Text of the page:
With that being said, the other big way to advertise is through social groups and social media. If you’re in an anime or cardgaming club, you can easily organise learn-to-play sessions at get-togethers. Rope your local stores in. Post on the relevant Facebook pages. There are many social gathering groups that may have a passing relevance to either anime or cardgames. Drop some references to your ‘anime cards’ in your posts there. See if anyone takes the bait. There are plenty of people who have heard of WS, but haven’t gone any further, or have had bad experiences/dismissed it due to personal bias. Likewise, there are probably people just like you, who have cards but nobody to play with. Your goal is to find those people and get them engaged in the game again. Some tips in doing this:
- Go out of your way to accommodate others. If there are people whose schedules clash with everyone else’s, work with them rather than with the frank majority. Instead of having a meet at a place and time they can’t make it, bus to their house on a Sunday and have a night of pizza, WS and Cards Against Humanity.
- Don’t push too hard. If people leave in the middle of a game once they hear a draft is firing, let them go. Don’t guilt trip them. You want to establish a playgroup of people who want to be there, even if it is just a fling that’s only tiding them over until the next Yugioh booster drops.
- Work closely with local shops and distributors on a regional level. Get to know the owners and the people behind the counter. Passionate storekeepers will usually be looking for more games to sell, unless they are one-track MtG players (this is surprisingly common). Even with them, you have a chance. Emphasise the profitable nature of WS. Show them ideal808, show them that the singles for multiple popular series are sold out. If they are willing to stock the DBZ cardgame, why not WS as well?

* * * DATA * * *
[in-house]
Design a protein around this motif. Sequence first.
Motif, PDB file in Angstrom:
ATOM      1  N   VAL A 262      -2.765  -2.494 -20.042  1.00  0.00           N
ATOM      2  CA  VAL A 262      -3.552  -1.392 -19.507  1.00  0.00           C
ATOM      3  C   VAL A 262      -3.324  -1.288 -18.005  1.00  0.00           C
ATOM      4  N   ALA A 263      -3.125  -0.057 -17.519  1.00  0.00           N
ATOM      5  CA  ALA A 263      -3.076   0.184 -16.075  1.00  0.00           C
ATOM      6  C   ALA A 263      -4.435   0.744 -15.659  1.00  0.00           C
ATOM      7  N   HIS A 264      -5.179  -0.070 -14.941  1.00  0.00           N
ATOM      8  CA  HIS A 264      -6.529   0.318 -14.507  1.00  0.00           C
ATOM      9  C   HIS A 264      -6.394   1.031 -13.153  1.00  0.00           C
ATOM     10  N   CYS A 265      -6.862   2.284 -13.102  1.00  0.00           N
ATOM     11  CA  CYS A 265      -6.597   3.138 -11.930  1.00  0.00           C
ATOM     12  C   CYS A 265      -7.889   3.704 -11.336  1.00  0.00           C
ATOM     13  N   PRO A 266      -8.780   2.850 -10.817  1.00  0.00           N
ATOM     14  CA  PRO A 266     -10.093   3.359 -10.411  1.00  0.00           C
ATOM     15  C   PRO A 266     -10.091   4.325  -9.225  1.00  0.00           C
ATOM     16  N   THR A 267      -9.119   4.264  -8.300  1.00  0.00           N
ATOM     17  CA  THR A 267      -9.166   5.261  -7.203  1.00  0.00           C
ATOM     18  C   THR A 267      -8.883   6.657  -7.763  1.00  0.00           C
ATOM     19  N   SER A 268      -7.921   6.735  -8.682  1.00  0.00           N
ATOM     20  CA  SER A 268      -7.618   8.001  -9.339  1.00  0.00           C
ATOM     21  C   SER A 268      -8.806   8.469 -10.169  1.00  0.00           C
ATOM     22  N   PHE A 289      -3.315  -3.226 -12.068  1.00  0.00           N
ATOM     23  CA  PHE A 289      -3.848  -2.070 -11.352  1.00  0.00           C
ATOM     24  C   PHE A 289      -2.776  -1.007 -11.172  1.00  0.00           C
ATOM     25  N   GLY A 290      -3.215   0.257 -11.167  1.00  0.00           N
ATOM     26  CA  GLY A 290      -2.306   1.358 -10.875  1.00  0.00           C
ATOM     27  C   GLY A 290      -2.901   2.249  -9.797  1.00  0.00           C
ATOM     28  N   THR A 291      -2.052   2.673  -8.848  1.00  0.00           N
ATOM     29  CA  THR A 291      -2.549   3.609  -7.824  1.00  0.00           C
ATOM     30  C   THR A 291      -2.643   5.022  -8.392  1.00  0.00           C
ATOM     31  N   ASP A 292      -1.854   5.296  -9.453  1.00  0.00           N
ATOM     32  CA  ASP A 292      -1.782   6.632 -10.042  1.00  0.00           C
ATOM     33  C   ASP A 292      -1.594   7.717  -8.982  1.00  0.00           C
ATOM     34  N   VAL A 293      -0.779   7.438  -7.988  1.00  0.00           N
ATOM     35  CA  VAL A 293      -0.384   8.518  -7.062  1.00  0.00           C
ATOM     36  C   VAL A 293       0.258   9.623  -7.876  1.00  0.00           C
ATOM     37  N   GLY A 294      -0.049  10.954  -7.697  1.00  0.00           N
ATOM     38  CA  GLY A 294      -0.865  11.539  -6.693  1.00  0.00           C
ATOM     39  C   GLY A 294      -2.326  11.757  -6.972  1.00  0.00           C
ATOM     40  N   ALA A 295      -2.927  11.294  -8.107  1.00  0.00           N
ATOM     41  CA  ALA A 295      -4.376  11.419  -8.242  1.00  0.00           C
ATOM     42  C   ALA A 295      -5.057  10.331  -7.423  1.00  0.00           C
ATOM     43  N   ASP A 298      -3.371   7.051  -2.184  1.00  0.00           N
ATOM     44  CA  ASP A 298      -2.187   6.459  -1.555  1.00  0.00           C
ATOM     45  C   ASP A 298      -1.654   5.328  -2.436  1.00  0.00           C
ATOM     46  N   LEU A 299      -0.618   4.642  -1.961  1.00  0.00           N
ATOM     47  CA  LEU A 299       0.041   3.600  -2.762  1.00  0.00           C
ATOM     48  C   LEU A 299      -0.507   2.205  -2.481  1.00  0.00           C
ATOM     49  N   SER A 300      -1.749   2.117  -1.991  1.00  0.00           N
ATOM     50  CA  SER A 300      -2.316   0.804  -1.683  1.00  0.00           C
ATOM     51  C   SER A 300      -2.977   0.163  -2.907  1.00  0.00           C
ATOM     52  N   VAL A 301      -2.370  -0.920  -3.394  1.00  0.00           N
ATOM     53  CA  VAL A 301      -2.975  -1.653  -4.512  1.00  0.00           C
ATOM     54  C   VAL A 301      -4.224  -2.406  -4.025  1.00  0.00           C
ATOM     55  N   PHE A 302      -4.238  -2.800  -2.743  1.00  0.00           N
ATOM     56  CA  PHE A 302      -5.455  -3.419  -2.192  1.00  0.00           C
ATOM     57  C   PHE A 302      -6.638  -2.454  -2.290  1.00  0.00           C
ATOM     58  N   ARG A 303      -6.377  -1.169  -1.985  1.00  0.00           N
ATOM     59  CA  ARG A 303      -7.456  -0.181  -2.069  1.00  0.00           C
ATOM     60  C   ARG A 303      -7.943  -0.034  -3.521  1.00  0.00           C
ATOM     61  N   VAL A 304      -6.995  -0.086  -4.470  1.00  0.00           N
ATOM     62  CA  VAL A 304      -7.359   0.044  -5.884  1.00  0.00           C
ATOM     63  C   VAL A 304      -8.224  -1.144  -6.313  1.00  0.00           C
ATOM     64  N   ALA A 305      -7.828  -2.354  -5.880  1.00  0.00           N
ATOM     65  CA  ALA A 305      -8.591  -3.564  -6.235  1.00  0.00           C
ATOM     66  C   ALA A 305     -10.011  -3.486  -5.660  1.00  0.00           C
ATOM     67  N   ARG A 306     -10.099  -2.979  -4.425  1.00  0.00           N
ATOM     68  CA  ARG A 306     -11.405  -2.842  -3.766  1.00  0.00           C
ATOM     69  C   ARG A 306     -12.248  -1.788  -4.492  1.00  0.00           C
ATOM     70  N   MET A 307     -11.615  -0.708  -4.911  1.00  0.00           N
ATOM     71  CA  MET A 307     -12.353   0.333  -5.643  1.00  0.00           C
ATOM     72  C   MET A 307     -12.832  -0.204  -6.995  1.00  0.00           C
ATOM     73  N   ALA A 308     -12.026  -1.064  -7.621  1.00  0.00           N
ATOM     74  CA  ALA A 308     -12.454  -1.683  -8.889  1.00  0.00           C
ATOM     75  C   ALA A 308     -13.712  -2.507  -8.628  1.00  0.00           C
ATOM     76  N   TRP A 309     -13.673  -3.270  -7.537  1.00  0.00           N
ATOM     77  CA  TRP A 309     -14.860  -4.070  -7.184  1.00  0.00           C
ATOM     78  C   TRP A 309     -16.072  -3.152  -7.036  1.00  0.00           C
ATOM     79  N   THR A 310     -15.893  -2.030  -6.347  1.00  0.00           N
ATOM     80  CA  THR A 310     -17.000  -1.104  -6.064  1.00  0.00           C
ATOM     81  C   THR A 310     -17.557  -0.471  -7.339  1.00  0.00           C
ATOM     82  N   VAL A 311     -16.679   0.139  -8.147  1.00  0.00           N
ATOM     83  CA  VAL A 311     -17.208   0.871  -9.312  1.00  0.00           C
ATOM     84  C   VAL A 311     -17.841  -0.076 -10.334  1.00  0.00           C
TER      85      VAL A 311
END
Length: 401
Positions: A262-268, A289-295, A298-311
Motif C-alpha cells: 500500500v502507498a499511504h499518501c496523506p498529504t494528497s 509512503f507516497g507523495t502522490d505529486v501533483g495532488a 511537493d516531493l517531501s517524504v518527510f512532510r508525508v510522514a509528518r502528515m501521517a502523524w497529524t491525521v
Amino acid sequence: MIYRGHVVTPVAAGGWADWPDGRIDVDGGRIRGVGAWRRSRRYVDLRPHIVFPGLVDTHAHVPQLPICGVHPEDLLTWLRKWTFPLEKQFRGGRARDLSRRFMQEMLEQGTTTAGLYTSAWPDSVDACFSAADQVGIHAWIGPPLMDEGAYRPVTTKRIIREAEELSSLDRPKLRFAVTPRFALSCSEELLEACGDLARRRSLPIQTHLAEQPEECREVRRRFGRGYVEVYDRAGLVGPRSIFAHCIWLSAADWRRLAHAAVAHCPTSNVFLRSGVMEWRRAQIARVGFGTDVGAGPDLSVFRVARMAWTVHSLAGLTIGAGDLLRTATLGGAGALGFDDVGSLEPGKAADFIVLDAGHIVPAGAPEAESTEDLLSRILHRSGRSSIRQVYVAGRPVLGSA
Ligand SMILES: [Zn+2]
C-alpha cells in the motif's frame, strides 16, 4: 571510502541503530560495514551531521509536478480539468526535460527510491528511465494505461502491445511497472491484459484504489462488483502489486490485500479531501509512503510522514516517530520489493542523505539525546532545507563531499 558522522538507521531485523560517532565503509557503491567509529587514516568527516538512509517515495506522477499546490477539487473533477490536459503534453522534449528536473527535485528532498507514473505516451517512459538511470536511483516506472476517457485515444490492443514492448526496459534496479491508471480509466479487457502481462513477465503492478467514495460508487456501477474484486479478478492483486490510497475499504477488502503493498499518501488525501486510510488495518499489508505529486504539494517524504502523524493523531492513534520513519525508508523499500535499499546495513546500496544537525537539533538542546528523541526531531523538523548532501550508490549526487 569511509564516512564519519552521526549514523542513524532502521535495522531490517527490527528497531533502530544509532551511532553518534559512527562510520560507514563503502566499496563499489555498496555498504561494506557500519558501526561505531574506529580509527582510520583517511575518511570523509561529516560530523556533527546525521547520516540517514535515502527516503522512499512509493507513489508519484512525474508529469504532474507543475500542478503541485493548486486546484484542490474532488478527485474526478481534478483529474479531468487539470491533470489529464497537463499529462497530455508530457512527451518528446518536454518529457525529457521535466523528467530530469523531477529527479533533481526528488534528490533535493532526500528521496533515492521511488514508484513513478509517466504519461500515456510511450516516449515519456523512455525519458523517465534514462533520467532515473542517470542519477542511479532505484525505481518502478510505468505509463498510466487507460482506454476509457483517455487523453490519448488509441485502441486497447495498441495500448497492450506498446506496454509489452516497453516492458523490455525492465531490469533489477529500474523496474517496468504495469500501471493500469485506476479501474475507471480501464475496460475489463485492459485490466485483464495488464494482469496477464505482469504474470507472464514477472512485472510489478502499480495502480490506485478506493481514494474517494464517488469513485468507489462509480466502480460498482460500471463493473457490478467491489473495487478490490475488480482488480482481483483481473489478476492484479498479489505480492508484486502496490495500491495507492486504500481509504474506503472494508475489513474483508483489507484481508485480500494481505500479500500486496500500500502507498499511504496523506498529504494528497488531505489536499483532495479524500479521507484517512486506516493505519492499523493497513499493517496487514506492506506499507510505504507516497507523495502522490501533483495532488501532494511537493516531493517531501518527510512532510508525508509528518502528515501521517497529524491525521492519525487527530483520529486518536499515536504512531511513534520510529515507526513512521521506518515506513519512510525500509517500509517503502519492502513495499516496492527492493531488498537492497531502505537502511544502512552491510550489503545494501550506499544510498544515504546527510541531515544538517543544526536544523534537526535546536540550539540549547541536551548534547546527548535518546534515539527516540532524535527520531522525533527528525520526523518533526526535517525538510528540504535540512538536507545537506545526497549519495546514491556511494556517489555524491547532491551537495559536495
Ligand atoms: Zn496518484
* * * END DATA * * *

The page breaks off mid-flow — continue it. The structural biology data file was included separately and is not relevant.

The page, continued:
- Show them that you have people who are willing to buy product. Support your locals. Getting a store into English WS is easier if they already stock English Vanguard. Once a store has enough fingers in the pie, encourage them to bust boxes and sell singles. Not nearly enough stores do this, even ones with large, established WS communities.
- Work with shops to organise pre-made decks for sale, even if it means buying the cards from Japan yourself. This is much easier with stores that aren’t part of a larger franchise. There are always underappreciated archetypes in series that can serve as good, budget decks. This is a fantastic way of getting savvy people into a game, as cardgamers understand that trial decks rarely eventuate in ‘meta’ deck shells. Stores frequently do this for Yugioh and Pokemon, so why not WS?
- Give good deals on singles and stacks to new players, with the tradeoff that they will endeavour to play the game with their respective playgroup. I’ve sold several decks myself for well below market value, simply because it was obvious to me that these people had the passion to keep a scene going.
- If you can afford to, keep a swag binder around. This is a common practice in MtG and Yugioh, and having some pretty cards to show to prospective players is a great way to create new collectors, and therefore new potential players.
- Keep some spare sleeves around. It’s good practice for any passionate player or store – if you see someone crack an expensive card, most stores will have spare sleeves to give away for the express purpose of protecting those cards. More importantly, you can do this with character sleeves, which are frowned upon or even illegal in other cardgames. WS has the distinction of being able to use any character sleeves you want, which is in itself a draw to the game.
3) Organise. Take initiative.
Playgroups do not form spontaneously. The best way to solidify something is to establish a routine. Meet up before FNM each week for a few games. Go together to your local gaming shop when they have tournaments. These people aren’t just dummies for you to play against – they are hopefully people you can be friends with. You are essentially establishing Social Links, so commit, damn it. If you are starting your own group, you have no choice but to take some initiative. Some things you can do:
- Start a Facebook chat/Skype group/Whatsapp conversation with the involved members. This creates a shared link; a sense that you guys are together for some reason. You also get to start making bad in-jokes.